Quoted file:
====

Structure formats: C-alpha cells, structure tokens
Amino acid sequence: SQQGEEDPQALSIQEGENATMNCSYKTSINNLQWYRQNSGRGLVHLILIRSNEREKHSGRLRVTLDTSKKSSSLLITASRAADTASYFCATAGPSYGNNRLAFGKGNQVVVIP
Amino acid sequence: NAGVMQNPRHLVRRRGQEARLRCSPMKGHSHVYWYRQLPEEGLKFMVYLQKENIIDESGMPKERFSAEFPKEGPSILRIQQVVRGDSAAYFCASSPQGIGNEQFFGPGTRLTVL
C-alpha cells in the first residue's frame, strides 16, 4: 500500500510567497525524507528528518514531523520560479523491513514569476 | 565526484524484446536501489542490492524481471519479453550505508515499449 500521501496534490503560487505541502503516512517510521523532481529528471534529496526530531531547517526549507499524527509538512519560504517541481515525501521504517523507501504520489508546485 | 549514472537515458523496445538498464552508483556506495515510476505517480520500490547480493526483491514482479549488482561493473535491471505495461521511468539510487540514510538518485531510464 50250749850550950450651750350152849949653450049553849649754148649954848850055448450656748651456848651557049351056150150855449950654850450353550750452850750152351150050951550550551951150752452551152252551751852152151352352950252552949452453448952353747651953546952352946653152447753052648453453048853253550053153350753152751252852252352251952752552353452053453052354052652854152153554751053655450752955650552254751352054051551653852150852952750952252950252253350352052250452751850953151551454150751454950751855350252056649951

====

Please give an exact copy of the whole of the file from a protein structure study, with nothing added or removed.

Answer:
Structure formats: C-alpha cells, structure tokens
Amino acid sequence: SQQGEEDPQALSIQEGENATMNCSYKTSINNLQWYRQNSGRGLVHLILIRSNEREKHSGRLRVTLDTSKKSSSLLITASRAADTASYFCATAGPSYGNNRLAFGKGNQVVVIP
Amino acid sequence: NAGVMQNPRHLVRRRGQEARLRCSPMKGHSHVYWYRQLPEEGLKFMVYLQKENIIDESGMPKERFSAEFPKEGPSILRIQQVVRGDSAAYFCASSPQGIGNEQFFGPGTRLTVL
C-alpha cells in the first residue's frame, strides 16, 4: 500500500510567497525524507528528518514531523520560479523491513514569476 | 565526484524484446536501489542490492524481471519479453550505508515499449 500521501496534490503560487505541502503516512517510521523532481529528471534529496526530531531547517526549507499524527509538512519560504517541481515525501521504517523507501504520489508546485 | 549514472537515458523496445538498464552508483556506495515510476505517480520500490547480493526483491514482479549488482561493473535491471505495461521511468539510487540514510538518485531510464 50250749850550950450651750350152849949653450049553849649754148649954848850055448450656748651456848651557049351056150150855449950654850450353550750452850750152351150050951550550551951150752452551152252551751852152151352352950252552949452453448952353747651953546952352946653152447753052648453453048853253550053153350753152751252852252352251952752552353452053453052354052652854152153554751053655450752955650552254751352054051551653852150852952750952252950252253350352052250452751850953151551454150751454950751855350252056649951